The Smithsonian National Zoo has announced that two Sumatran tiger cubs have been born to mother, Damai. On Monday evening, the zoo labeled the wonderful occasion a “conservation success” on their website.
The first cub was born around 6:15 p.m., with the second appearing over two hours later, at 8:23 p.m. The official post indicates that the overseeing keepers are consistently monitoring the family unit’s health, and have no grounds for concern; both mother and cubs are performing well and “appear healthy,” while Damai is “…nursing and grooming both cubs.”
Furthermore, Damai appears to be comfortable with her keepers’ presence, as suggested when she came out of her den, while zoological workers of the Smithsonian were performing duties in the Great Cats building. The Sumatran mother consumed her meal, without any concern for her cubs, before returning to their side.
Sumatran cubs are an endangered species, with fewer than 500 of the creatures present in the wild. As posted on the Smithsonian website, Craig Saffoe talked about the difficulty of engendering the two cubs’ inception, and what this means on a personal level:
“It’s taken more than two years of perseverance getting to know Damai and Kavi and letting them get to know each other so that we could reach this celebratory moment… All I can do is smile because the team has realized our goal of producing critically endangered tiger cubs. Damai came to us as a young tiger herself, so it’s really special to see her become a great mom.”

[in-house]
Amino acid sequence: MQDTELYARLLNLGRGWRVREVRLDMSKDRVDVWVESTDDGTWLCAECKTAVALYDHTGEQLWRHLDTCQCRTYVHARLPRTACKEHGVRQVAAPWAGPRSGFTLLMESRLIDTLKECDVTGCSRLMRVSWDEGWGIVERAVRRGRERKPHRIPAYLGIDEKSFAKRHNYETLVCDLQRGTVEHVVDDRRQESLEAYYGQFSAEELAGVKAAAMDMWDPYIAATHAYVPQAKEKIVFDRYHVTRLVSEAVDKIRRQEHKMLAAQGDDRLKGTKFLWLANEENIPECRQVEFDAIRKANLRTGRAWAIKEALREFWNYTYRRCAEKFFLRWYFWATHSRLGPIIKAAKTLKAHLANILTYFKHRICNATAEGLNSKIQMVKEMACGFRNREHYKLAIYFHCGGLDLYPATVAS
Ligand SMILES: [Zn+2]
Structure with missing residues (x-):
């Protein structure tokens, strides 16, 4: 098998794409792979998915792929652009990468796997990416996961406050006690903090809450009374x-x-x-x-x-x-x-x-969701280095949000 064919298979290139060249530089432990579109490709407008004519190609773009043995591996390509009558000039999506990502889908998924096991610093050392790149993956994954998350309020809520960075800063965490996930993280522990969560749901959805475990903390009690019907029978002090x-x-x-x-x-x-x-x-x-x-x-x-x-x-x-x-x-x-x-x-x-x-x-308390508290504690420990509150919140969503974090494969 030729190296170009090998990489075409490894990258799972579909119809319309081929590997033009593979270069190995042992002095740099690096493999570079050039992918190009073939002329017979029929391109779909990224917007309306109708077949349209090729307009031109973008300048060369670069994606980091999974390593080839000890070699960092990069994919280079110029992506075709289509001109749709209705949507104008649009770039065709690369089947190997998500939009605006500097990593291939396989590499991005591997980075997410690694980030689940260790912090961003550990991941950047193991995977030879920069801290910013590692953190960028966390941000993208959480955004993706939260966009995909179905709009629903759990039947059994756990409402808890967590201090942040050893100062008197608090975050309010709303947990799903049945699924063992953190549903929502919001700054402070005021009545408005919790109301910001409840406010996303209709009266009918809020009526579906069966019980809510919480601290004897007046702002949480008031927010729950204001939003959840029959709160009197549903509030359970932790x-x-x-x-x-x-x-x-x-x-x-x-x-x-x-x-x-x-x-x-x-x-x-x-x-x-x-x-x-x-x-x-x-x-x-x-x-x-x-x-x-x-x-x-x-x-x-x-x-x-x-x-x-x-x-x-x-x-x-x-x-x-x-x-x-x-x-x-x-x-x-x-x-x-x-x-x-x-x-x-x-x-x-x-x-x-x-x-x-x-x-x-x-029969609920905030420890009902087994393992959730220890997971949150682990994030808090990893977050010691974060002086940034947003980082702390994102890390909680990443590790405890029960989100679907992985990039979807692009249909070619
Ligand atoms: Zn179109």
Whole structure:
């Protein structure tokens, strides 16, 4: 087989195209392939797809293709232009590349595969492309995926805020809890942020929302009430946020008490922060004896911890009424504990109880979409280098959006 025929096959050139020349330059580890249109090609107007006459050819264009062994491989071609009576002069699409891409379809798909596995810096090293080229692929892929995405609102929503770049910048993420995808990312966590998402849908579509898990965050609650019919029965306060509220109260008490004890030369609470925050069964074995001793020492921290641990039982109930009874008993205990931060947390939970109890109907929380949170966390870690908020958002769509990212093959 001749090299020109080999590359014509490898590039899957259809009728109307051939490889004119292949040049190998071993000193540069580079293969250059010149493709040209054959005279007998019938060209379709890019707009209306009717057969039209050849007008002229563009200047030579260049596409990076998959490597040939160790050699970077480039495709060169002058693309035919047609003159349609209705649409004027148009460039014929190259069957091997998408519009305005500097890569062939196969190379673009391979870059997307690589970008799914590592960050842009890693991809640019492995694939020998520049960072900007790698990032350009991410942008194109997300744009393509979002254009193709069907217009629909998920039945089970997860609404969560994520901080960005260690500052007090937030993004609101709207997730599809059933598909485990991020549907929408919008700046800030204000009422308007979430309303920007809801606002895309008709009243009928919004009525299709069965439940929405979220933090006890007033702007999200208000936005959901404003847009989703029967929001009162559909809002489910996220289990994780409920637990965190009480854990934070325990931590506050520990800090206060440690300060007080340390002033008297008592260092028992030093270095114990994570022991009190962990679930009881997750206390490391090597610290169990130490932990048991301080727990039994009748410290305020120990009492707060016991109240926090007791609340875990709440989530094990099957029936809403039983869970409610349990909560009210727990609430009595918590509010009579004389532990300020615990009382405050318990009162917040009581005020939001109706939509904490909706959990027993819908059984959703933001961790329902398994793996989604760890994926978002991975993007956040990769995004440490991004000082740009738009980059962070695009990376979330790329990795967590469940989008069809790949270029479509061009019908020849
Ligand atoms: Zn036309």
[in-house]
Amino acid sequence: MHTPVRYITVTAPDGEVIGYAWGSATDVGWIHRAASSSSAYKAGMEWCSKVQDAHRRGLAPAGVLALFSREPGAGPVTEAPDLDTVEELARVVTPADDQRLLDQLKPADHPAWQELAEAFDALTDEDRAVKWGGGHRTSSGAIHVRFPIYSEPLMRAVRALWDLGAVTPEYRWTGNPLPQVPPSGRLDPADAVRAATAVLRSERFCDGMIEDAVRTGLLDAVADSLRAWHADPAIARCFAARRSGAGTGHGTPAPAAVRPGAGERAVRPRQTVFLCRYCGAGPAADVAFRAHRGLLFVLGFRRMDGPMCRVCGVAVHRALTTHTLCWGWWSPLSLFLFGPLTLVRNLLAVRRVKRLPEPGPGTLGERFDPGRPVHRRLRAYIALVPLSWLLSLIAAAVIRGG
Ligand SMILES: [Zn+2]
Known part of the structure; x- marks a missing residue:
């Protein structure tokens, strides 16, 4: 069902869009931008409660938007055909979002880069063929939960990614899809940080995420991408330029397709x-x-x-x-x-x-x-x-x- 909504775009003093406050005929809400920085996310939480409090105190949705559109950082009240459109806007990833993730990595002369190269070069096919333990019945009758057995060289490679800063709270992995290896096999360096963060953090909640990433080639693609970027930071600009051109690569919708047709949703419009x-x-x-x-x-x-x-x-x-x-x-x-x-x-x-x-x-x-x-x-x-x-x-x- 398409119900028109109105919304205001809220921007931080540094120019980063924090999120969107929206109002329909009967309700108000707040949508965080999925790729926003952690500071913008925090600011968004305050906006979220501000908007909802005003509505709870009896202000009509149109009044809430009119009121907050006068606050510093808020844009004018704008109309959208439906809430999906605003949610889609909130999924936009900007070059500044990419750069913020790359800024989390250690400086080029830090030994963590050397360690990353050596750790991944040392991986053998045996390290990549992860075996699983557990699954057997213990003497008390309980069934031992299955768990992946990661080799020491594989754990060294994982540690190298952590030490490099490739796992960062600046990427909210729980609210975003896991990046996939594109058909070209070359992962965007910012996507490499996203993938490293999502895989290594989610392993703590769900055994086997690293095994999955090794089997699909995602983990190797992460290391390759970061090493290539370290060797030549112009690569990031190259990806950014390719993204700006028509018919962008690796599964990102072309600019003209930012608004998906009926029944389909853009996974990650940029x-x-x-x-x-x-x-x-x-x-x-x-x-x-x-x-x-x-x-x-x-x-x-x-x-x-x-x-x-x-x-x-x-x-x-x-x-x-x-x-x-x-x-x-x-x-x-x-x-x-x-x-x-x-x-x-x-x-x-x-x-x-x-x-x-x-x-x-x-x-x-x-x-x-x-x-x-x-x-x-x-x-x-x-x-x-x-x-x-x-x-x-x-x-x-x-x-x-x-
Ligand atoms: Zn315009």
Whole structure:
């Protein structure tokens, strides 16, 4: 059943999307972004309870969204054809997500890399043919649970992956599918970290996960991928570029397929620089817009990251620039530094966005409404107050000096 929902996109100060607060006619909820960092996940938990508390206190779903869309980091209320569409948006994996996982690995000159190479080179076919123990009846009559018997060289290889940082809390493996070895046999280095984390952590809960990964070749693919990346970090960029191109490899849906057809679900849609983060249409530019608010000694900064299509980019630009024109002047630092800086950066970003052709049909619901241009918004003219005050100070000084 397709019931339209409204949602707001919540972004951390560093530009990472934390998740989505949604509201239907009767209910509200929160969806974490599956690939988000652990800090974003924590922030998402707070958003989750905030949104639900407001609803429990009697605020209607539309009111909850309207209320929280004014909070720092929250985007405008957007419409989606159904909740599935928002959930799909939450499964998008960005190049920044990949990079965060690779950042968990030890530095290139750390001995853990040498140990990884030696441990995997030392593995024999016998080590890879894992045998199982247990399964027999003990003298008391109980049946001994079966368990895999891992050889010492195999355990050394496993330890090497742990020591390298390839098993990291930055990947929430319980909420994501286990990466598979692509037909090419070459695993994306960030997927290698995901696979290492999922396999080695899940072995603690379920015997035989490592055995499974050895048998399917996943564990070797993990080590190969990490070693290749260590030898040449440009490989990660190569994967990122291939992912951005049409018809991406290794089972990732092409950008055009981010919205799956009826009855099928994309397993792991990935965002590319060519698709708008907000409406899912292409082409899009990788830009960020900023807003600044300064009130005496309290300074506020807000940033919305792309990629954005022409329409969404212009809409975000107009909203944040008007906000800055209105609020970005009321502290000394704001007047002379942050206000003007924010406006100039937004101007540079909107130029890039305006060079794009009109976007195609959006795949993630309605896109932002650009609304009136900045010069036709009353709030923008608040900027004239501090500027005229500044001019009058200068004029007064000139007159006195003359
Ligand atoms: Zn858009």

Keepers noticed Damai had been gaining weight, and demonstrating classic signs of pregnancy, right around June. The staff members were able to train Damai to willingly participate in ultrasound scans to confirm, and subsequently monitor, the progress of the cubs.
This is Damai’s first litter of cubs. Mother, cubs, and 12-year-old father Kavi, are currently on display at the Smithsonian. The couple mated from December 2012 to April 2013.
The zoological group has put in place a webcam feed, enabling animal lovers the chance to coo and clamor at their monitors. The National Zoo announced it will be broadcasting “… every milestone for the next several weeks via live webcams.” The milestones, to which the group refers, includes the cubs opening their eyes, becoming increasingly mobile and, perhaps, traversing other accessible den areas. At times, there seems to be a distinct lack of animals of any sort, but zoo officials explain this could be due to the mother moving the cubs to other, untelevised dens.
The birth of these Sumatran tiger cubs comes as a welcome surprise after the hard graft and labor put in by Smithsonian employees.
By: James Fenner